But Christmas wasn't about wanting. And it wasn't about sorrow. The rest of our Christmases couldn't be this way. As the oldest sibling, I had to do something. We didn't have our mom, but we did have each other. And for the sake of our dad, who had lost his college sweetheart, I had to bring back Christmas.

As we pushed around ham and mashed potatoes with our forks, an idea came to me. Slipping from the table, I rummaged through my teenage sister's room for sequins and baubles. I fastened a too-tight silver bra over my black t-shirt and threw a feather boa over my shoulder.

There was one clear choice. My husband put in the CD we'd brought from our house: the soundtrack to the 1972 musical, "Cabaret." The sole song to which I knew all the words was the title track. As the trumpets began pumping, I slunk sheepishly from the hallway. My dad nodded. My teenage sister stood up on her chair. The four year-old gaped in wonder and surprise.

Like Liza Minnelli in her role as Sallie Bowles, I began singing tentatively at first. I stood motionless at the unplugged microphone, bathed in the beam of a powerful flashlight. Of course I asked myself what I thought I was doing, or even what I was undoing. Was this irreverent? Flat-out blasphemy? I mean, I was the responsible one. And even with all the sequins and baubles and boa and bra, I felt naked, completely naked.

But I could feel the eyes on me‚desperate for the return of holiday folly.

The music picked up pace. Sallie's voice picked up pace. And my confidence somehow adjusted accordingly.

I bumped my hips and twirled my necklaces and wrapped the boa around my brother's neck. My dad was laughing‚really laughing, ├«and every chuckle was melting the previous year of pain. My teenage sister danced on her chair. The four year-old clapped his hands against his thighs.

THEY were inspiring ME.

By the end of the show tune, I was belting out the lyrics, with my legs kicking up in the air:

"Life is a cabaret, Old Chum.

Only a Cabaret, Old Chum.

And I love‚ a cabaret.‚"

I held the last note until the drum stopped.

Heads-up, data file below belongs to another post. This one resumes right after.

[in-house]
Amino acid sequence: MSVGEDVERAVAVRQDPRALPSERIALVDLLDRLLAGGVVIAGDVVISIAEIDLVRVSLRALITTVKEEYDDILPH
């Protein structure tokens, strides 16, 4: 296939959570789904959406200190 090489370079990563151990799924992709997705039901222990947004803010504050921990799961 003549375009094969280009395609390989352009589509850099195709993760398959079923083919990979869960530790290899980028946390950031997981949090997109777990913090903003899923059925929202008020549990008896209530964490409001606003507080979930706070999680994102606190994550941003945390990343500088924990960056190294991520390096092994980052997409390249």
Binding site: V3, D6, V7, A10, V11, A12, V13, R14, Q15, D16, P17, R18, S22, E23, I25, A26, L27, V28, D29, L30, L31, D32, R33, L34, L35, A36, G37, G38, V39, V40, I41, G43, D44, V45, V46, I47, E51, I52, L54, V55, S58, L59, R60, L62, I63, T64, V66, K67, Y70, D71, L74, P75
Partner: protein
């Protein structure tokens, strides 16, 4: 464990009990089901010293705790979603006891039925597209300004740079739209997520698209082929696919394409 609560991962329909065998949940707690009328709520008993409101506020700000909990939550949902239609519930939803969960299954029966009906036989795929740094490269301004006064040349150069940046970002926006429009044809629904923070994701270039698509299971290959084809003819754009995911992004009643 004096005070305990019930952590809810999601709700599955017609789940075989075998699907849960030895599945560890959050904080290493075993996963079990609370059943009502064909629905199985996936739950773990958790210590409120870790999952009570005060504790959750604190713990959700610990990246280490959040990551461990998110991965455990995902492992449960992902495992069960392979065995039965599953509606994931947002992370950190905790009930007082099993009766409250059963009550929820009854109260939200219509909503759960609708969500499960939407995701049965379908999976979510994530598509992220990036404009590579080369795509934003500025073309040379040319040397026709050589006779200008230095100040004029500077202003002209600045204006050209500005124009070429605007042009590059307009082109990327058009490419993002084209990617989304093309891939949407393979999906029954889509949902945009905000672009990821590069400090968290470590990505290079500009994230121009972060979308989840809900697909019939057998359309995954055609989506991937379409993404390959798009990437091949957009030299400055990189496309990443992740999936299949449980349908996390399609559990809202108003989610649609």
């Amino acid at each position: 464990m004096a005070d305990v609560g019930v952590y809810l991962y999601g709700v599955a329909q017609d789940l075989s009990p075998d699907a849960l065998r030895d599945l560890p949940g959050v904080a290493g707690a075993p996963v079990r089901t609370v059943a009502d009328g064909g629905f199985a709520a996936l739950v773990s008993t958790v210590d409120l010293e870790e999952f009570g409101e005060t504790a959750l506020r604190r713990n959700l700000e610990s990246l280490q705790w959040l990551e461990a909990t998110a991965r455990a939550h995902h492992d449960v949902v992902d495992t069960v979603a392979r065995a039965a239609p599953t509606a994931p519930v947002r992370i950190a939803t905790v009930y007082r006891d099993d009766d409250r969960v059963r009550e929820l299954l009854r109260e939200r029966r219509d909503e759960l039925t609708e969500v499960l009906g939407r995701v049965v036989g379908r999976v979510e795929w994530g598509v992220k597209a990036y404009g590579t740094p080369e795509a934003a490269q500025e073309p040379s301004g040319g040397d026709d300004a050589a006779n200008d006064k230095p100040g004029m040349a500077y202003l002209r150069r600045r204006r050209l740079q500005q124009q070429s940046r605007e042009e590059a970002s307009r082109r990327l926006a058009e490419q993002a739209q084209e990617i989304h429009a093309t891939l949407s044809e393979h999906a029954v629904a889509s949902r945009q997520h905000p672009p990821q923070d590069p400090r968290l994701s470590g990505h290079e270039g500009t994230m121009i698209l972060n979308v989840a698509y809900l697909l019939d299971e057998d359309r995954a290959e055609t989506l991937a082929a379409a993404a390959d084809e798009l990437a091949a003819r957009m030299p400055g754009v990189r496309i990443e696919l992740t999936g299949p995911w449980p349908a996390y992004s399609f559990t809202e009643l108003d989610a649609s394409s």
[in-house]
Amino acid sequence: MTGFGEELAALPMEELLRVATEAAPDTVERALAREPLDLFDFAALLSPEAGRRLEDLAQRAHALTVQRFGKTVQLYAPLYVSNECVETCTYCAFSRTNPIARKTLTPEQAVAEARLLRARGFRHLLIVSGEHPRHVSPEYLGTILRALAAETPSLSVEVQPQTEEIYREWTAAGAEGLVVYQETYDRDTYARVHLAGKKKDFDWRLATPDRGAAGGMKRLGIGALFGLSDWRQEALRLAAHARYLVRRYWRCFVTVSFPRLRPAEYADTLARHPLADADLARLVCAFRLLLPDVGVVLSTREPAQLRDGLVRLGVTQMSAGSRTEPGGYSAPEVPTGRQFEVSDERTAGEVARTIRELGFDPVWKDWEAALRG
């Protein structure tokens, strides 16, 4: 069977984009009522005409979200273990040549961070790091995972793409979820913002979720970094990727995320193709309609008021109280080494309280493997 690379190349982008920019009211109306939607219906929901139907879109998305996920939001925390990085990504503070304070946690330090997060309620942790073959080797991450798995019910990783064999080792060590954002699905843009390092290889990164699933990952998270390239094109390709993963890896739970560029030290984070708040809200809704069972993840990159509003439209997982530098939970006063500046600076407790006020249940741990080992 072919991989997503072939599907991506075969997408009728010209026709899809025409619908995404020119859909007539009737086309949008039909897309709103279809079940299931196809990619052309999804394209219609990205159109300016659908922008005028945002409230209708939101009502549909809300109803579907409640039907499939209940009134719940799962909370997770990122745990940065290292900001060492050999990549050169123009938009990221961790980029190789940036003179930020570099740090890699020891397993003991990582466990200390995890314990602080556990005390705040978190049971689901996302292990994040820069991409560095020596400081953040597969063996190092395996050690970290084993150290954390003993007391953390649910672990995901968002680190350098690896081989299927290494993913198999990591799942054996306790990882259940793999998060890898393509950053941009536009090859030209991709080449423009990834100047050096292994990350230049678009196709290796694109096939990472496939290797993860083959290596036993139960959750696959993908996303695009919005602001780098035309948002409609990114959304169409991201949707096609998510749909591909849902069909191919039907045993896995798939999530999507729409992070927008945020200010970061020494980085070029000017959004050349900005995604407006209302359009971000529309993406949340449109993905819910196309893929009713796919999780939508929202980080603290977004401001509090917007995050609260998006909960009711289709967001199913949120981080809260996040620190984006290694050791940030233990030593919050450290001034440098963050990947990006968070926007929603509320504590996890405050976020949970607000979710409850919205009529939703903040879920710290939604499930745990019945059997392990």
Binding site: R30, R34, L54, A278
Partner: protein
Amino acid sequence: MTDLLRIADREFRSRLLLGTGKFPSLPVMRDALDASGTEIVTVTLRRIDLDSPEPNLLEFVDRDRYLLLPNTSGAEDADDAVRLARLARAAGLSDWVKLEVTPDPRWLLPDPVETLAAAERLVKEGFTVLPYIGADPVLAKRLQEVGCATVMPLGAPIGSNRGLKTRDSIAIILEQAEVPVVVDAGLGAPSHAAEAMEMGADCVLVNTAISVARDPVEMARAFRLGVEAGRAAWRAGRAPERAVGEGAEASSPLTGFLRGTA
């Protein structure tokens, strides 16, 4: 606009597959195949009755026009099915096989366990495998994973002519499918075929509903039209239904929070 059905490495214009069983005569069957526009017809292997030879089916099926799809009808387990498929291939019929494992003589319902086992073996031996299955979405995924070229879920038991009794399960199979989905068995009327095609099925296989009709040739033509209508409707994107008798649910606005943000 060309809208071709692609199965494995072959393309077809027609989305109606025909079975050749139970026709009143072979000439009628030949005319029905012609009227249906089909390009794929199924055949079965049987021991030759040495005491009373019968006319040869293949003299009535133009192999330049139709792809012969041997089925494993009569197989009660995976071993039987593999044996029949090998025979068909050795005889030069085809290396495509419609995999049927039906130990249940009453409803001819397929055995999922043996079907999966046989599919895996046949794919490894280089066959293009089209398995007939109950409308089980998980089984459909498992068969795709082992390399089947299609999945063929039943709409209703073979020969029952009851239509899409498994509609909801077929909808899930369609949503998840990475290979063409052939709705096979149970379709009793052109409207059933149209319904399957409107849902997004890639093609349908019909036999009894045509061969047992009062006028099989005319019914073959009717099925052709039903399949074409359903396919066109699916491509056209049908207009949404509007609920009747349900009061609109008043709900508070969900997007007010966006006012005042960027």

And then I collapsed forward.

The cheers and whistles were deafening. It had worked. "Cabaret" couldn't bring back our mom, but it could begin to restore a broken family's joy and hope.

Tuesday, January 05, 2010

It makes me queasy, but I'll post this anyway

My 2010 Writing Goals

Research homes for (and submit):

  • Mustache Revolution
  • Name That Girl
  • Man in Kentucky
  • Veteran’s Day
  • Of Cherry Blossoms…
  • That Bike [check!]
  • Emergency
  • Buddy
  • Married To A Dentist: A Story of Love and Teeth
  • An excerpt from BLUE as a short story (???)
  • Poopy Brucey [can have a goal to re-name that, too]
  • To Cop A Feel
  • Cowboy
  • 9/11 Reflection
  • God’s Thumb
  • Beauty Marked
  • Nursed
  • Ultimate Ungulate Week
  • Loaded
  • Sharly

Apply for:

  • Oregon Arts Commission Grant – “Career Opportunity Grant” – by Feb 11, 2010


  • One piece a month for 2010
  • In Skirt!
  • In CSM
  • In Jefferson Monthly
  • In Ashland Tidings
  • In Ancestry magazine
  • In Oregon Humanities Magazine
  • In Brevity
  • In an anthology
  • A book review

Take/attend/volunteer at:

  • A writing workshop


  • BLUE draft by May 1

Daily Chores:

  • Read at least 2 of these:
    • CSM Home Forum
    • Skirt!
    • Ancestry magazine
    • The Sun
  • Read from a novel
  • Read from at least 1 of these Appalachian or Writing books:
    • Land of the Saddle Bags
    • Appalachian Stereotypes
    • Bloodroot
    • Animal, Vegetable, Miracle
    • Between the Lines
    • How to Write a Damn Good Novel
    • Bastards and Bullies

Post progress on blog - along with fabulous things my family does

Collect REJECTIONS like love letters

Monday, January 04, 2010

Cheeseburger Soup
Monday's Rockin' Recipe Share

You don't need your own trailer to cash in on this one. All you need is a crockpot and a willingness to cook with some Condensed Cheddar Cheese Soup. Not a staple in my house, but I tossed one in the cart on Sunday and had me some super soup fun.

Well, I actually tripled the recipe, so I tossed three of those babies in the cart.

Here's what I made:

Cheeseburger Soup
Prep: 25 minutes / Cook: 10-11 hrs (low) or 5-5.5 hours (high) / Makes 6 servings

1 lb ground beef
1/2 c chopped onion (1 medium)
2 cloves garlic, minced
2 medium russet potatoes, peeled and cut into 1/2-inch pieces
1/2 c sliced carrot (1 medium)
1/4 c ketchup
2 T yellow mustard
1 fresh serrano chile pepper, seeded and finely chopped (I skipped that one)
1/4 t salt
1/4 t ground black pepper
2 14-oz cans beef broth
1 10-3/4 oz can condensed cheddar cheese soup
1/2 c shredded cheddar cheese (2 oz)
Dill pickle spears (optional)

1. In a large skillet, cook meat, onion, and garlic over medium heat until meat is brown and onion is tender, stirring to break up meat as it cooks. Drain off fat.

2. In a 4- to 5- qart slow cooker, combine meat mixture, potatoes, carrot, ketchup, mustard, chile pepper, salt, and black pepper. Stir in broth and soup.

3. Cover and cook on low-heat 10-11 hours or on high-heat 5-5.5 hours. Top each serving with cheese. If desired, serve with pickles. (Oh, we desired.)

Note: I just remembered that I tripled it, but it didn't all fit in the crockpot. You might just want to double it.

'Nother Note: Yes, I'll be posting recipes until I take the time to post other stuff.

'Nother 'Nother Note: Most kids like this, especially if you emphasize the "Cheeseburger Soup" part and that they get to eat it with a dill pickle.